Endless Bloom

Could it be that I have pushed away pain and sorrow and failure to the point that I have nothing to gain? That I have dumbly succeeded and that is what drives my misery now. This normal ho-hum day cycling on and on and on. I can feel it, this cycle, I know it exists and that I exist within it, but I cannot see the whole of it. I feel it in my bones, in my tendons, ligaments, and muscles. This habitual energy flows through me. I’ve worked so hard to proliferate this endless bloom. 

To Sons and Daughters

To our sons or daughters, 


You have nothing to be ashamed of, whatever it is that they mock you for, it is also them;
There is nothing that belongs to you that is not also theirs.
The streets are hungry and the alleyways hungrier still, and you will find in your own way that language is only yours and that miles divide us what is right here next to each other.
So don’t be afraid to stand on your own. Don’t be discouraged that they have what you seem unable to possess; if it is possessable at all you too already have it.
Whatever it is you fear that you are, in solitude, alone, know that it was made right here in the interconnectedness of all things, in this world.
Whatever you fear you have made others into, know that you have that capability and choose to make things well;

your pain is their pain, as their pain is yours. 

A Daydream

i had a daydream then,
as i was being drawn to the noose
someone in the crowd yelled,
traitor!
it was so vivid
as echoes on the old stone walls.
the rope squeezed
and i realized
i’ve been traversing
incomprehensible distances
inside my own mind,
while running the treadmill.

Three Sisters

Three Sisters

They talk and they
twist memories out
from the aether, spin-
ning them over and
again into new dramas —
three-headed destiny
each one sheds
light; a spotlight
of information. They
are like one mind
thinking over the past
forming opinions,
laughing at long-
forgotten disagreements
finding new ground
to stand on

Prejudiced

It’s lunchtime and here I am sitting in my van
parked in a grocery store parking lot, blowing my
nose in a used napkin. A napkin previously used to
blow my nose. Homemade vinaigrette sits on the dash
in hopes that the December sun is heavy enough to break
through the overcast and liquefy the coagulated coconut oil.
It won’t. And I realize that if I were sitting in my
Prius, instead of my work van, I would satisfy so many
generalizations right now; with my pony-tail, writing
poetry, drinking kombucha. Maybe I don’t need  
the Prius after all. Maybe the Prius needs me.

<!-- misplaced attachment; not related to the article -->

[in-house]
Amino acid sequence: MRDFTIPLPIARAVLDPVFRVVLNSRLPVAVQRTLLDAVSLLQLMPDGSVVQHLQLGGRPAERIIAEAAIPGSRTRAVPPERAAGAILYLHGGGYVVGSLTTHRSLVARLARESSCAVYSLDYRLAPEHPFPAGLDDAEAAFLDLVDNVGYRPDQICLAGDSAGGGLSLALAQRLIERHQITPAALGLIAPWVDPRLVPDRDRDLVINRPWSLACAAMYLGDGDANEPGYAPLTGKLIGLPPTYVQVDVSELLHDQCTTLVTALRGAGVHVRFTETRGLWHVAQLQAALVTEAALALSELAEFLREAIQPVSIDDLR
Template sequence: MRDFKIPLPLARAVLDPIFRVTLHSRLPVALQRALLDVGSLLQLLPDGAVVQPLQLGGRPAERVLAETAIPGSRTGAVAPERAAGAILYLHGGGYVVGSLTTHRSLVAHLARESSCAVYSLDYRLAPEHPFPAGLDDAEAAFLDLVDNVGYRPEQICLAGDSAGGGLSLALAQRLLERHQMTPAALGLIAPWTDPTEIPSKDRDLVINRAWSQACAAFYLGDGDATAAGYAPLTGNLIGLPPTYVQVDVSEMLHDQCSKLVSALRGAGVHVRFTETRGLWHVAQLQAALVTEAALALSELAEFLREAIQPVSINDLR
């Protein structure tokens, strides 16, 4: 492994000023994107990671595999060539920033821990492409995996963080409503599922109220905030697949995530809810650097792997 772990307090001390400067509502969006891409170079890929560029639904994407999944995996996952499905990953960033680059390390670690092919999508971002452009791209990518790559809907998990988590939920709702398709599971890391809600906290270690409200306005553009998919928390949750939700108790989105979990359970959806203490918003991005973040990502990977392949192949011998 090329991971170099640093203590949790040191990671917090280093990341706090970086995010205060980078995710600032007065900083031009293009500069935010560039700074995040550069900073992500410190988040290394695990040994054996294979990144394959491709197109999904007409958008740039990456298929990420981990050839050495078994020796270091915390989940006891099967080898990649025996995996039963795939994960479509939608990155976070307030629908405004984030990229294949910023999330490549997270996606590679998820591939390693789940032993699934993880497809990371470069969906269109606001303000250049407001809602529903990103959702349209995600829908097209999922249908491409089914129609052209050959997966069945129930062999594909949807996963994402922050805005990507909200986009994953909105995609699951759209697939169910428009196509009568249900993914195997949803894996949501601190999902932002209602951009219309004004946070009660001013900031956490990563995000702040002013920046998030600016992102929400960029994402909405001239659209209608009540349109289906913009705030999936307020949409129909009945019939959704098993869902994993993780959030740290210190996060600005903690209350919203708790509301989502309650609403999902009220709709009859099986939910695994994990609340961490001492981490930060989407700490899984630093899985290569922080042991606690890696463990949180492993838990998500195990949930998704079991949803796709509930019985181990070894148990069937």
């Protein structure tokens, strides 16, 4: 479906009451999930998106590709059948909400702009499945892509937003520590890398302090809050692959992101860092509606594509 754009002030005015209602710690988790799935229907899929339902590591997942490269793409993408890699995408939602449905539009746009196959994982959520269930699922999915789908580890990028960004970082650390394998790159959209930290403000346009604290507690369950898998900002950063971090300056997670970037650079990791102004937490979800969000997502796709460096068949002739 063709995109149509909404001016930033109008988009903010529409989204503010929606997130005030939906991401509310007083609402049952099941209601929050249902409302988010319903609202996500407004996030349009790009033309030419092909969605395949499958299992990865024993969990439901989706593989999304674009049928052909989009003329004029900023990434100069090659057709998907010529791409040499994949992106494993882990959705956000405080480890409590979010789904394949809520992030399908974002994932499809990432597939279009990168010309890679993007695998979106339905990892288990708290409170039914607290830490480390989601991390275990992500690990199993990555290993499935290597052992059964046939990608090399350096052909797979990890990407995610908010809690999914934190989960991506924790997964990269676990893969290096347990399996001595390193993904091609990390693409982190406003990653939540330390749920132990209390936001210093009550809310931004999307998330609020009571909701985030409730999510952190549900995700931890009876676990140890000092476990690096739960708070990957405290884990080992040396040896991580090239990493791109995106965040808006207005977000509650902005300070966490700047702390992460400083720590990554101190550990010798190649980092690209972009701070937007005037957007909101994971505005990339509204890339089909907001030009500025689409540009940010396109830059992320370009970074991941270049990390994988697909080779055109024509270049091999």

And the high-schoolers yell at each other across  
the parking lot, desperate for attention, while the stay-at-home moms sit
in their vans, just a little longer, enjoying the silence that comes
from an afternoon car-ride nap. If I listen closely,
the trafficswells become fingertips of the ocean, trying
to pull me back into Her, while the douglas-fir gently wave goodbye.

Forager

I have
a secret
desire
to forage,

to spend
long hours
absorbed

by the hunt.

Searching,
through spray
of stream,

under
plump
drops


from
branches above.

To find that
knowledge
held in
the palms
of ancestors

and
buried in
trunks
of elder pine 

would be
to forage
on the least
likely, but
only proven path.

Please,
don’t tell
my colleagues
or my bosses.


I won’t even tell
Google search.


Only run it
through
the processor

of my mind,

this secret
desire to
return

to the land.

 

Filling Space

Down an auxiliary street
in the industrial park
cars and RVs line the curb

By afternoon parking
enforcement brings a
a tow to clear out those
that are being used to sleep in.

Those being used to live a life,
to cook over dying flames.

Next morning the empty
spaces are already being filled
in with different cars, different RVs.

When I Was Twenty

I read a poem with the line,
when I was twenty,
and I wanted to start a poem,
with the line, when I was twenty. . .
until I soon realized that
when I was twenty, I wasn’t
much different as now, in
my late thirties. Still, with
the same afflictions, the
same passions, the same
arguments in my head.
Mt. Olympus is a little more
real, but the gods just as
fragmented. If I had started
that poem, it would’ve ended
the same way it began. . .